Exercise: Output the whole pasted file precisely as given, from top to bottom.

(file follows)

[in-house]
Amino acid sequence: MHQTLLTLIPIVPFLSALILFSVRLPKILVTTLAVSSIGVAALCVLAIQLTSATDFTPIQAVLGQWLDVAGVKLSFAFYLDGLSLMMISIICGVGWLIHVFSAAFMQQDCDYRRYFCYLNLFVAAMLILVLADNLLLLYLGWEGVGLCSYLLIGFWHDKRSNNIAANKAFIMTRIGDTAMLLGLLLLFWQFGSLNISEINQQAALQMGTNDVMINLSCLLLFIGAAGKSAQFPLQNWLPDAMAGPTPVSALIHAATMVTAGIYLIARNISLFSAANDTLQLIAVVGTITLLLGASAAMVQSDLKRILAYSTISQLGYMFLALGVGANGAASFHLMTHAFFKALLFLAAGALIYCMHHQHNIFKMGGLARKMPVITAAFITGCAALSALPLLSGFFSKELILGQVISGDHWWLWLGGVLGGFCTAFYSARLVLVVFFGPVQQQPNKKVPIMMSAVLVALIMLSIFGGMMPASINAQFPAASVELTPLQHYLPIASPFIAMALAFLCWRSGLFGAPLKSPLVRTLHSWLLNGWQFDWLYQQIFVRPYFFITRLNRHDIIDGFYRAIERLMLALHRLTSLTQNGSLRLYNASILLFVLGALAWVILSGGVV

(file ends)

[in-house]
Amino acid sequence: MHQTLLTLIPIVPFLSALILFSVRLPKILVTTLAVSSIGVAALCVLAIQLTSATDFTPIQAVLGQWLDVAGVKLSFAFYLDGLSLMMISIICGVGWLIHVFSAAFMQQDCDYRRYFCYLNLFVAAMLILVLADNLLLLYLGWEGVGLCSYLLIGFWHDKRSNNIAANKAFIMTRIGDTAMLLGLLLLFWQFGSLNISEINQQAALQMGTNDVMINLSCLLLFIGAAGKSAQFPLQNWLPDAMAGPTPVSALIHAATMVTAGIYLIARNISLFSAANDTLQLIAVVGTITLLLGASAAMVQSDLKRILAYSTISQLGYMFLALGVGANGAASFHLMTHAFFKALLFLAAGALIYCMHHQHNIFKMGGLARKMPVITAAFITGCAALSALPLLSGFFSKELILGQVISGDHWWLWLGGVLGGFCTAFYSARLVLVVFFGPVQQQPNKKVPIMMSAVLVALIMLSIFGGMMPASINAQFPAASVELTPLQHYLPIASPFIAMALAFLCWRSGLFGAPLKSPLVRTLHSWLLNGWQFDWLYQQIFVRPYFFITRLNRHDIIDGFYRAIERLMLALHRLTSLTQNGSLRLYNASILLFVLGALAWVILSGGVV